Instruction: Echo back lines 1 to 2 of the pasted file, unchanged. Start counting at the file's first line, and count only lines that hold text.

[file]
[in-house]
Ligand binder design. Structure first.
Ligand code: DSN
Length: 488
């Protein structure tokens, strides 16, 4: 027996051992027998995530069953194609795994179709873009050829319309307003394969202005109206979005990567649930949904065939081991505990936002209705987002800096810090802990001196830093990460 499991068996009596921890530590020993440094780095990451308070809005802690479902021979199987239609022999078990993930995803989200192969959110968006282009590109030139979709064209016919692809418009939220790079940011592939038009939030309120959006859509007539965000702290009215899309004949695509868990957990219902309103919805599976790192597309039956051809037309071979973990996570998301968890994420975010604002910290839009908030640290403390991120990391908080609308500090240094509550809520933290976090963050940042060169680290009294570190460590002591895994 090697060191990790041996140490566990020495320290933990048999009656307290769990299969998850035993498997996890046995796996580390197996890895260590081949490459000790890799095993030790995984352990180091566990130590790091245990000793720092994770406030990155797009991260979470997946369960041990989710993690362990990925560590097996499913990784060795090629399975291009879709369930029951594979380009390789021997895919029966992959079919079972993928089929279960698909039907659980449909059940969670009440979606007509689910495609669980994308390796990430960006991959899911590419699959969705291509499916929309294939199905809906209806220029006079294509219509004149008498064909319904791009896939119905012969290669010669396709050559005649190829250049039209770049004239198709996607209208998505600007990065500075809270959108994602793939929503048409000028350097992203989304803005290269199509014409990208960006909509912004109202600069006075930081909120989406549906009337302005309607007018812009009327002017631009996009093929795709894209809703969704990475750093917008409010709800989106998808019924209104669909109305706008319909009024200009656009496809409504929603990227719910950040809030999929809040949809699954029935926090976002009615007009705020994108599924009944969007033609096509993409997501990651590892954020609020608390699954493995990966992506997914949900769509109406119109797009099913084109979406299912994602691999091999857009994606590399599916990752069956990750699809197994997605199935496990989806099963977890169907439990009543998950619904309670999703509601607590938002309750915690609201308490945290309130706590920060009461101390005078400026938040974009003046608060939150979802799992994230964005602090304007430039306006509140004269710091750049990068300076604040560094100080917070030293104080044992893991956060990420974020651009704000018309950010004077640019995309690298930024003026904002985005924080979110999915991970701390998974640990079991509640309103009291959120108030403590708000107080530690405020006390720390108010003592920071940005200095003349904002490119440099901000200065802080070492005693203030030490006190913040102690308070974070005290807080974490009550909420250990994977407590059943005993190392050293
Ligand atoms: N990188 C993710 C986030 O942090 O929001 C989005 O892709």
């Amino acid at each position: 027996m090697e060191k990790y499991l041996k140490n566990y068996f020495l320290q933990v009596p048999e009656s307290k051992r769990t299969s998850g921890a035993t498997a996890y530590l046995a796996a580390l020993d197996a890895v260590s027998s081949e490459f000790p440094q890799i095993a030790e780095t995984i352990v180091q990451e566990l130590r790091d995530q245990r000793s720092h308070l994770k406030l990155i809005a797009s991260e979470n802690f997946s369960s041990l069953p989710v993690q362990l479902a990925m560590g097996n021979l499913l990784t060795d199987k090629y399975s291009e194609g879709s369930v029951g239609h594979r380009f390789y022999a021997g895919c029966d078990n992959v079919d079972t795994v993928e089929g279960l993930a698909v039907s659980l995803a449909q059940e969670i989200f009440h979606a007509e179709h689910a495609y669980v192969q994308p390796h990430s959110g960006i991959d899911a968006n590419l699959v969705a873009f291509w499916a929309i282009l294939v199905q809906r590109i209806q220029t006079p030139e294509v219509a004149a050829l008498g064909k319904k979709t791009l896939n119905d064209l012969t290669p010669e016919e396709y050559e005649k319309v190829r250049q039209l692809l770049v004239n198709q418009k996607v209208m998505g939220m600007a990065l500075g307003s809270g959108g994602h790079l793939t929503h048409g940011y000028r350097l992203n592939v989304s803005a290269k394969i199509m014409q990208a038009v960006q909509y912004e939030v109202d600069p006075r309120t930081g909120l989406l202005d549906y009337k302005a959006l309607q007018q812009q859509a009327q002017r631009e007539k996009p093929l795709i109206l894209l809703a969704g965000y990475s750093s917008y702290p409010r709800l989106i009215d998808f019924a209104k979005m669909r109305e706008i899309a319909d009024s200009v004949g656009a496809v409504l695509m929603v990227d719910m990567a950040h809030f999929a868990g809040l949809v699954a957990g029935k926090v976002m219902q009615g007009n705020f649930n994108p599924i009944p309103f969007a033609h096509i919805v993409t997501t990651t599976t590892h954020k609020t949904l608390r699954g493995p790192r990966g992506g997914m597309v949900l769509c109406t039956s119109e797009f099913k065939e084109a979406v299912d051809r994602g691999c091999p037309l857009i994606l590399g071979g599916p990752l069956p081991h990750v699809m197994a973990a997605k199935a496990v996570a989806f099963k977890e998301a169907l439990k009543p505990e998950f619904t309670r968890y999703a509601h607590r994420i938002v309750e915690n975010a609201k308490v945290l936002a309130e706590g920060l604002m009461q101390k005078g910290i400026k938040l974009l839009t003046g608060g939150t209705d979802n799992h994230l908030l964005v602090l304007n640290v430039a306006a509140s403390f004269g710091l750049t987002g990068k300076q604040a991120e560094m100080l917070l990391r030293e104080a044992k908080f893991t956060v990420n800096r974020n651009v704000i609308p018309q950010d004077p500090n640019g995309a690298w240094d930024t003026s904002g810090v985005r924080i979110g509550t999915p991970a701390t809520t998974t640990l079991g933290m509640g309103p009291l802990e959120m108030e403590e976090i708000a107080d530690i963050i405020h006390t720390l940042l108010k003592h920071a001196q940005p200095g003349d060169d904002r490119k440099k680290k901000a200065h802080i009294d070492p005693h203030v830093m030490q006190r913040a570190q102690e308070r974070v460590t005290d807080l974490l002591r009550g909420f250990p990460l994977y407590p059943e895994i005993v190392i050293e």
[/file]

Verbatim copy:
[in-house]
Ligand binder design. Structure first.